- 23 June 2022
- Jo Jones
This year for International Women in Engineering Day (Thursday 23rd June), the Women’s Engineering Society (WES) is looking towards the future, focusing on the inventors and innovators who will change our industry for the better.
For this post, I want to talk about innovators, particularly in relation to diversity, equality, and inclusion, because I believe we are all capable of innovating, and we need to acknowledge that.
Before I go any further, I think it’s important to define what I mean by the word “innovator”. A textbook definition is, “a person who introduces new methods, ideas, or products.” However, to me, that feels very one-dimensional (and not very innovative or inspiring). I think more context is necessary.
I believe an innovator is someone who embraces an idea and creates environments where others are given the tools and resources to challenge the status quo, push boundaries, and achieve growth.
Mary Anne Woods was a pioneering software engineer. She was on the programming team for the Ferranti Mark I, which, in 1951, became the first computer to be sold commercially.
Engineer and LGBT+ rights campaigner Shrouk El-Attar recently spoke to Imagination as part of Pride Month, delivering an inspiring and insightful talk on how the engineering industry can improve its approach to inclusivity. As she explained, the benefit to us all is that by challenging our thinking and beliefs and seeing the world from the perspective of others, we can learn, grow, and, ultimately, be more innovative.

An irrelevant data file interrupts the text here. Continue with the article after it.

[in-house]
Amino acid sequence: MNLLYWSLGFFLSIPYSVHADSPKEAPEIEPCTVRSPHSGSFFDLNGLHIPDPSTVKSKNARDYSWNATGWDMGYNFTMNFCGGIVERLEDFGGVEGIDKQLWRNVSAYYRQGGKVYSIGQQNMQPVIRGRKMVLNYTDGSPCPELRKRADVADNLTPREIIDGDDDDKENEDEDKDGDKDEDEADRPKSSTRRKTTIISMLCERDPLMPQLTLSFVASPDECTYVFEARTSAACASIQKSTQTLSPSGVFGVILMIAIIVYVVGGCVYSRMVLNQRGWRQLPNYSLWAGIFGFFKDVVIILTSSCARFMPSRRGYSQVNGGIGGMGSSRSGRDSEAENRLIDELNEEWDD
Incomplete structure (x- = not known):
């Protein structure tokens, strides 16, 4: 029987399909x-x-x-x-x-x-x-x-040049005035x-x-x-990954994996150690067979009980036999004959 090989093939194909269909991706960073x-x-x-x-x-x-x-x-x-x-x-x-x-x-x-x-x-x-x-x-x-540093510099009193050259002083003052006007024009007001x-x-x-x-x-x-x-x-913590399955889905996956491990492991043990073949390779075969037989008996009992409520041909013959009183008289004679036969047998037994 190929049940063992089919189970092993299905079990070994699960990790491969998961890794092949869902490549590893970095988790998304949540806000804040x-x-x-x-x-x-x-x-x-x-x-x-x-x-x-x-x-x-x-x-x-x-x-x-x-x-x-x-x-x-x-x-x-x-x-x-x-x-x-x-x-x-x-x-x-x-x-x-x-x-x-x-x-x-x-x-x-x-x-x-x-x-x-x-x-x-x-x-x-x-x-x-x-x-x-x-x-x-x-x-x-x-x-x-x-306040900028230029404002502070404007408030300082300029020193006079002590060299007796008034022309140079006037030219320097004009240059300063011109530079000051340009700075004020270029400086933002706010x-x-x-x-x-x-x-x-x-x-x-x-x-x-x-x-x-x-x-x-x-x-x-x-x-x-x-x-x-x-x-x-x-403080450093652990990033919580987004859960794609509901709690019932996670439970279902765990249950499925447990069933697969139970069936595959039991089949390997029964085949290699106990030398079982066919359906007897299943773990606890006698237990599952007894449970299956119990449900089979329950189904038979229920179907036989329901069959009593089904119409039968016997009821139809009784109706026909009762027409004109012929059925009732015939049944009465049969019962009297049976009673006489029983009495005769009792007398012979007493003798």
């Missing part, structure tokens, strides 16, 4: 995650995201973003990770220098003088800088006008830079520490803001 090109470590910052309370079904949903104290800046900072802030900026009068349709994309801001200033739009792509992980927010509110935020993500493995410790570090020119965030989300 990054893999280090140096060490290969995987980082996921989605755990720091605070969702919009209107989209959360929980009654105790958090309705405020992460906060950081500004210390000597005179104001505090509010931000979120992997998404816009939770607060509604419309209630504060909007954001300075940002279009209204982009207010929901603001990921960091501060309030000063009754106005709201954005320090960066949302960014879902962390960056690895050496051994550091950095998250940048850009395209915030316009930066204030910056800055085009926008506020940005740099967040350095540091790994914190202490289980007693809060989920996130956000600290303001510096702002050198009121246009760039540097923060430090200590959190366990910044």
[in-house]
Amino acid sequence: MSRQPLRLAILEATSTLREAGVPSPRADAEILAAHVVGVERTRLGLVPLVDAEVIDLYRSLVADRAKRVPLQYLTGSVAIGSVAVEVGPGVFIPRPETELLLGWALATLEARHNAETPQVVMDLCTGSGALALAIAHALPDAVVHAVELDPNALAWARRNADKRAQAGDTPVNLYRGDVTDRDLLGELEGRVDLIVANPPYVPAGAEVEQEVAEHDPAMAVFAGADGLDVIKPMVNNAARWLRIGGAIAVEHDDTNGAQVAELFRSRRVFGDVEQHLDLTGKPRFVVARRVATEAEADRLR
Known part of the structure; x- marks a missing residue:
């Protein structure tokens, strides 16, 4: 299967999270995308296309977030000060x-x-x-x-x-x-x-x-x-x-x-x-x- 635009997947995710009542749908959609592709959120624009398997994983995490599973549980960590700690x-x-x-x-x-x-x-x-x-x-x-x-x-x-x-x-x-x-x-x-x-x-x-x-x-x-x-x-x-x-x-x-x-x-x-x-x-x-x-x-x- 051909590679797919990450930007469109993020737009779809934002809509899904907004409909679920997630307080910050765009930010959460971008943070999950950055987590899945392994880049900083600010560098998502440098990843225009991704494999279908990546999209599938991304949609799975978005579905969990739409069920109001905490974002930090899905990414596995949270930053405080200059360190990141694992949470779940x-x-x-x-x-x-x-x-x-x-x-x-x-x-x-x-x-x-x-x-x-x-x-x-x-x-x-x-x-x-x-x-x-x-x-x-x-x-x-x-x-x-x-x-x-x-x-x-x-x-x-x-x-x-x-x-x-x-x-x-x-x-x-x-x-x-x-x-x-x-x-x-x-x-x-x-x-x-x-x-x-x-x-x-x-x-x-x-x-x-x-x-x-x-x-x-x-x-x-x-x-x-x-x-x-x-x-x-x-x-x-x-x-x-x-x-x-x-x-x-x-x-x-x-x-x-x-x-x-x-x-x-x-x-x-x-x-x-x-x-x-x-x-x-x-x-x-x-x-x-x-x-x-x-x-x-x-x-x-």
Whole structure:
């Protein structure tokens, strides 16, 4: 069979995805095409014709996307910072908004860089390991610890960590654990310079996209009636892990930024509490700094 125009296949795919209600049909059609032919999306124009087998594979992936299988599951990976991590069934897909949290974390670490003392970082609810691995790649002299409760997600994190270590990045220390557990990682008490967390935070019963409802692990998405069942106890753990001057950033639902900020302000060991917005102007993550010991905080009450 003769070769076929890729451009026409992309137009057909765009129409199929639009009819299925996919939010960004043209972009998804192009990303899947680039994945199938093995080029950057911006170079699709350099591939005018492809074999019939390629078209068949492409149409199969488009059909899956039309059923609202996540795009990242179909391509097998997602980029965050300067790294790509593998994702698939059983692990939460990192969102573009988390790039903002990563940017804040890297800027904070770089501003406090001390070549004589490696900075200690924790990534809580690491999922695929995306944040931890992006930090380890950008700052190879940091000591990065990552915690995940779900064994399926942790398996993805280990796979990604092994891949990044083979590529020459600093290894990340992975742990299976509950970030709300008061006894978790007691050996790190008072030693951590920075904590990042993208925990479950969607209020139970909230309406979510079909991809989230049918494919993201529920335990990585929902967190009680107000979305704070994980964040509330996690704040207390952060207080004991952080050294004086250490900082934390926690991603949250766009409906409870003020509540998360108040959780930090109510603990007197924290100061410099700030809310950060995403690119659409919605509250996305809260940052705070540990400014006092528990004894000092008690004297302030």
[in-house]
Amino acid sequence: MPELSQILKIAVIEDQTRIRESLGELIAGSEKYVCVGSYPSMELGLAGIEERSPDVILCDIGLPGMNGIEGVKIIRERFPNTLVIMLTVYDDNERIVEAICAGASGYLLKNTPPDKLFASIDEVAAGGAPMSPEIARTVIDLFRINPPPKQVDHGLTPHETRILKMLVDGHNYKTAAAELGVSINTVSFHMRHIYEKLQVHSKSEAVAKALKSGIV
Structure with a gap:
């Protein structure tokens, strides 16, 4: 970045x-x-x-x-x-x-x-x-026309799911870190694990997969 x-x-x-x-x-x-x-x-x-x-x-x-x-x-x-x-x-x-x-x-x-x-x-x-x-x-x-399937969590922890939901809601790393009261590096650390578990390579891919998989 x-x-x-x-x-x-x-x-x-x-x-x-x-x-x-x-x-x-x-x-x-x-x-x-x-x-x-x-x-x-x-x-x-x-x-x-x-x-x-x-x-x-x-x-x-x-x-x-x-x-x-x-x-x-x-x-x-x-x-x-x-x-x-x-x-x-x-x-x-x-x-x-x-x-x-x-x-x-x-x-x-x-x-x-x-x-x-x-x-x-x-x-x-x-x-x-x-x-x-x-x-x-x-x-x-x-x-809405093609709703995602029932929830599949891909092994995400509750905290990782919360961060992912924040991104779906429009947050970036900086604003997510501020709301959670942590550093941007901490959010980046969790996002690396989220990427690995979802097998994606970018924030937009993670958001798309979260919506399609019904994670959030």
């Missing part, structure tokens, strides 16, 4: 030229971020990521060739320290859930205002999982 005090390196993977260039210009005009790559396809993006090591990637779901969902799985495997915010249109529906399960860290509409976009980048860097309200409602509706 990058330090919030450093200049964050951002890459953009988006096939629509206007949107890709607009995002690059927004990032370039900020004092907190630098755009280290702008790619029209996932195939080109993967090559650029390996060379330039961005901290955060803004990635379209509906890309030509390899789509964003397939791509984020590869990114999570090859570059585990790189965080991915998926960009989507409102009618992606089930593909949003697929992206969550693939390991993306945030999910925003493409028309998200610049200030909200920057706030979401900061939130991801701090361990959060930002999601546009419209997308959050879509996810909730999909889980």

It's certainly not hard to see Shrouk as an innovator. Her eclectic bio describes her as an electronics engineer, belly dancer, and a refugee, and through her activism, she is inspiring change by challenging perceptions about who and what engineers are.
All our meeting rooms in the UK are named after inspiring engineers, so in advance of the opening of our new Manchester office another name was needed. We selected Mary Lee Woods, a mathematician and computer scientist who studied at the University of Manchester. Woods was on the programming team for the Ferranti Mark I, which, in 1951, became the first computer to be sold commercially.
Her achievements are impressive on an engineering level but what also caught my attention was how she led a successful campaign at Ferranti for equal pay for male and female programmers. This was almost two decades before the Equal Pay Act came into force. Also, as a young mother in the mid-1950s she set up on her own as a home-based software consultant, making her one of the world’s first freelance programmers. Wood innovated, not just for herself but for others and at a time when it would have been a challenge for her.
It might be difficult to see how we can innovate in our own lives, but we can use Shrouk, Woods and others as inspiration to find ways we can innovate in our own lives.
I think it’s important to say that acts of innovation in diversity, equity, and inclusion (DE&I) don’t always have to be on a large scale, like Woods. But we all have a role to play. For example, it’s about ensuring that no one is talked over in a meeting or calling out behaviour or language that do not match your values or beliefs. It’s also about changing how things are done and finding better ways of doing them.
At Imagination, we have changed our recruitment process to ensure that, from the outset, unconscious biases are removed. We also encourage conversations on flexible working so that everyone has an equal opportunity to apply for a role with us –just two examples of important elements in the DE&I discussion and how we bring about change.
So, let’s all look to innovate, not just for INWED22, but indefinitely. Let’s make sure that we’re continuing to create environments and opportunities where we can all challenge the status quo, push boundaries, and achieve growth.